When I heard that this week's theme for Theme Thursday was "Flight", I knew it was time to dig through my archive to resurrect my story of...
I had just finished graduate school and my parents invited me to go on an exchange program to an undisclosed location. This was one of the early trips of "The Friendship Force," a program established by then president, Jimmy Carter. (In fact, my parents went on the inaugural "Friendship Force" trip with Miss Lillian Carter.) The idea was that you signed up and paid to be a friendship ambassador to another country. Later a group of people from that country would visit your hometown. You had to be willing to go anywhere in the world. I had my doubts about whether I would be sent to some exotic location or end up in a dangerous travel zone. At the time, Idi Amin's reign of terror in Uganda came to mind. But, never having been overseas and still being adventurous at that point in my life, I registered for the trip and signed up for my first passport.
It was soon revealed that a group of about a hundred people from my hometown would be traveling by chartered jet to Cardiff, Wales. My first reaction was, "Where?" Obviously, I was in desperate need of learning more about the world! It was to be a two-week trip, staying with a host family to experience the land and culture of this corner of the British Isles. I'd always been intrigued by castles and this was a land of castles, so I was fired up!
The day of departure arrived. I had my newly issued passport in hand, ready to begin receiving stamps to document my travels. We boarded the plane with excitement, taking off right on schedule. As soon as the plane was in the air, the flight attendants came around to offer us beverages to toast our departure. When they got to me, I requested a Coke with ice. As the deliciously cold beverage came my way, I reached for it and proceeded to drop it in my lap, soaking my brand new tan corduroy jacket and pants! The sticky, brown substance quickly seeped into every crevice of the corduroy. I had six more hours on the overnight flight with no way of changing into dry clothes and it was evident that laundry would be one of my first tasks once we landed. I was not amused. After sulking for a time, though, I got back into the spirit of the trip. (Everyone was apologetic and felt sorry for me, so that helped.) Laughter once again abounded as we sped through the skies.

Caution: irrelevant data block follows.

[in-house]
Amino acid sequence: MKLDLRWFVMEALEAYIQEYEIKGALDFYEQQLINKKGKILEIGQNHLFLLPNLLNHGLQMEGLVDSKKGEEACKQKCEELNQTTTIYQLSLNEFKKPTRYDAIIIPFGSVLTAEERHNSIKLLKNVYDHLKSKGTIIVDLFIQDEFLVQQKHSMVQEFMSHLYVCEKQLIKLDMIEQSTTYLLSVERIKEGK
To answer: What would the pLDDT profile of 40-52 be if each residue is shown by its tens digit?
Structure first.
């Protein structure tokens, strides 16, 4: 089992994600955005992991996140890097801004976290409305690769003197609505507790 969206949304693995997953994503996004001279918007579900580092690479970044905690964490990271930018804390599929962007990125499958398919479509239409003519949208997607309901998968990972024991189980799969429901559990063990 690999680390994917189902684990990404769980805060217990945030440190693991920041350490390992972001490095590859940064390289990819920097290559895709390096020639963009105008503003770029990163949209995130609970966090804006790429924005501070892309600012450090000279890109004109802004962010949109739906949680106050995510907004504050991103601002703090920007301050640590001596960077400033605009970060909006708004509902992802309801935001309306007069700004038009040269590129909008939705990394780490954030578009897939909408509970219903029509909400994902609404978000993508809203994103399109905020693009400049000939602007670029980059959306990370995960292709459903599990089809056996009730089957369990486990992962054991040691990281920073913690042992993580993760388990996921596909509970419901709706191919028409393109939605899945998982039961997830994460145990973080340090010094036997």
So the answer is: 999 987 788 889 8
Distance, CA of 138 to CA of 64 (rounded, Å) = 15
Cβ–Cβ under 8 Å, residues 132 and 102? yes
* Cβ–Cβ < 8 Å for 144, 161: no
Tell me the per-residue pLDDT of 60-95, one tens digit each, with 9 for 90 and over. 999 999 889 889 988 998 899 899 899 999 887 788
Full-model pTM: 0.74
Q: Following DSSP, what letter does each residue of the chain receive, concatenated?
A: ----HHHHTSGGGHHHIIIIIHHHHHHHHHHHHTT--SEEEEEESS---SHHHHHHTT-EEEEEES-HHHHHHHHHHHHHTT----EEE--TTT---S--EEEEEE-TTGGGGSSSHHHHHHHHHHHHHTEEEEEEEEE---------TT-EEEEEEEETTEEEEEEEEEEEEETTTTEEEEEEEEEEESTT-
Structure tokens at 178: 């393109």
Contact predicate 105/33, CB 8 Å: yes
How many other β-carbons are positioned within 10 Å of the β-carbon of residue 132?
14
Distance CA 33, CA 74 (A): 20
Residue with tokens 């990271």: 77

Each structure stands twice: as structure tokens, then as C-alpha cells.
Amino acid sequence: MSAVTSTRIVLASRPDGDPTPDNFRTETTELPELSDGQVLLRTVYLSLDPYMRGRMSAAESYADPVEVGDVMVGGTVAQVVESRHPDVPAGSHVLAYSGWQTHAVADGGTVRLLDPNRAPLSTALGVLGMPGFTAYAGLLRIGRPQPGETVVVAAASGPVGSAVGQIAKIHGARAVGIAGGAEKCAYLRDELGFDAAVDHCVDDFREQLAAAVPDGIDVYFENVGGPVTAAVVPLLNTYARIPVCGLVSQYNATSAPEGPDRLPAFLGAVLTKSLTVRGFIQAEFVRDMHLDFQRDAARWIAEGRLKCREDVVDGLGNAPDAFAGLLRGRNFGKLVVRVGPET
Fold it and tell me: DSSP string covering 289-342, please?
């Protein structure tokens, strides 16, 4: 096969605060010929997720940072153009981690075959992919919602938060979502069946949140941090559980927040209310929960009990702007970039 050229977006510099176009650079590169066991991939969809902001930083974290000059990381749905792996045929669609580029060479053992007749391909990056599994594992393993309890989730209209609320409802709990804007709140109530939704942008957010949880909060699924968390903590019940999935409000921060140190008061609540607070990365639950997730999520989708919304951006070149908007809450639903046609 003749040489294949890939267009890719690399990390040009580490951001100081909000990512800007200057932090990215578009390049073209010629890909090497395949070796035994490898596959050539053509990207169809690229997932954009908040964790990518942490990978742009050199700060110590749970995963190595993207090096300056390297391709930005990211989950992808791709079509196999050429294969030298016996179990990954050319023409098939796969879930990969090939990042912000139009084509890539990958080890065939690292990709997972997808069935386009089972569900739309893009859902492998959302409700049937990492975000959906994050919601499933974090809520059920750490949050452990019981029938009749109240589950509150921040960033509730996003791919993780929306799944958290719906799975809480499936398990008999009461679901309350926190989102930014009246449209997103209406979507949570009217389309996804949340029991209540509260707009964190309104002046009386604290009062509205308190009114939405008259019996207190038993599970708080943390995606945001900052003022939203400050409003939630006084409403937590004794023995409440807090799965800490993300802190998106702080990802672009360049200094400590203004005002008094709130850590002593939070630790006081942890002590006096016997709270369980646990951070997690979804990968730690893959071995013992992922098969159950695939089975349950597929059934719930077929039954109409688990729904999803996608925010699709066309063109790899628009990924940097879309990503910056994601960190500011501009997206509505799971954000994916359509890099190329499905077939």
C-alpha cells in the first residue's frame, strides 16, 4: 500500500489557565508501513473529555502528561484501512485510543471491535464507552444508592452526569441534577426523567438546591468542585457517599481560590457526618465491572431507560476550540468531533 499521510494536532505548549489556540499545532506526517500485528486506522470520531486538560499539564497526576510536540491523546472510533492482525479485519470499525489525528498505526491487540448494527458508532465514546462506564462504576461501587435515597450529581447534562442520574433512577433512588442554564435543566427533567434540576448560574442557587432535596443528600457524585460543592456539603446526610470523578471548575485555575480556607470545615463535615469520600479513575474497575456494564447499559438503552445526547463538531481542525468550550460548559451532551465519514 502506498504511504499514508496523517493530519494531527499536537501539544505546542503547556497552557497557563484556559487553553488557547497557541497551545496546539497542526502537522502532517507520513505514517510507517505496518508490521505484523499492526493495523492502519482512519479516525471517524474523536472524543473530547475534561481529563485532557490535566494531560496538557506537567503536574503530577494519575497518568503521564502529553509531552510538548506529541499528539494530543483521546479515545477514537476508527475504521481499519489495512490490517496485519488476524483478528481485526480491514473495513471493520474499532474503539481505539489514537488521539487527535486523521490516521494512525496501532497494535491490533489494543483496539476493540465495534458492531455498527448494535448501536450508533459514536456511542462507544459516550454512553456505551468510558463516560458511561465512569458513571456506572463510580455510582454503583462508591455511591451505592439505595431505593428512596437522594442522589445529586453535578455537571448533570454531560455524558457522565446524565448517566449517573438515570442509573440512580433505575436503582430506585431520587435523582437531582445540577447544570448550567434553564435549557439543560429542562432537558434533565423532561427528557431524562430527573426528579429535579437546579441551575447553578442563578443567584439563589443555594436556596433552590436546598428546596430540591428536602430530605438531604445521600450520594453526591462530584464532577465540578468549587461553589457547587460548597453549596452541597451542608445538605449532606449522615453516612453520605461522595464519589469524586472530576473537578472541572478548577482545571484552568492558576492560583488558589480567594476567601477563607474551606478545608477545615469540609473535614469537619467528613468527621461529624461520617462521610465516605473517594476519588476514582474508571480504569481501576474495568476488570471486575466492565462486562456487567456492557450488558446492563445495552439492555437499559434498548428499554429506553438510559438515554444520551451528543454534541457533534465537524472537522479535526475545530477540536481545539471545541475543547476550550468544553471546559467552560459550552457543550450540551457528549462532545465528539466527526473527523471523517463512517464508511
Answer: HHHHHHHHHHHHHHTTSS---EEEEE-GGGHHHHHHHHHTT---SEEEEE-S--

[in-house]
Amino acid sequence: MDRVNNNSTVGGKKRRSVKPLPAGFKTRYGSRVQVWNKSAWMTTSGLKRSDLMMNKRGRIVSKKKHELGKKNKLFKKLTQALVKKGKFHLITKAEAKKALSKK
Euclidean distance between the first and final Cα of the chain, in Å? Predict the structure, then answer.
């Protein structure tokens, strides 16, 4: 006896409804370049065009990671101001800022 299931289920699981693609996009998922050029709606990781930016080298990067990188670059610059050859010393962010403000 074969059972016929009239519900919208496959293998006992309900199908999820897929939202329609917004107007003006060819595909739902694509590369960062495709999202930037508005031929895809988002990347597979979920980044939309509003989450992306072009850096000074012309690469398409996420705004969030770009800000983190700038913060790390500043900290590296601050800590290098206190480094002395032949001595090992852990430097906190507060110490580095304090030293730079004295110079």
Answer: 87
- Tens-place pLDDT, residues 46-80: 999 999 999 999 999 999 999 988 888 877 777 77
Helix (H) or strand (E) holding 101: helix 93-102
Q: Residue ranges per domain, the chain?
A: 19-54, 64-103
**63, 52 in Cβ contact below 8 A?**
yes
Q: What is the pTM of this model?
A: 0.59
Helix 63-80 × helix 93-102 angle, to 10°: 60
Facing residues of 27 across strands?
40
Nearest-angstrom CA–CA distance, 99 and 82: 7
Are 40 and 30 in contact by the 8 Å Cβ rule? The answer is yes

We were all having a lovely time until the weather changed and we hit a severe thunderstorm. We were advised that we'd be making a stop in Toronto to wait out the storm. Hopefully, it would be a short layover while the storm passed and we'd be on our way again quickly. We had just pulled up on the tarmac to await departure when a huge flash of lightning struck. It wasn't long before we learned that what it had struck was the control tower of the airport. The air traffic controllers' screens were now blacked out. Which naturally meant that no planes would be taking off or landing until things were repaired. It could be awhile. Since we were an international flight, we were not cleared from customs to deplane and would have to stay on board until it was safe to depart. It figures, given a Cat Lady's luck!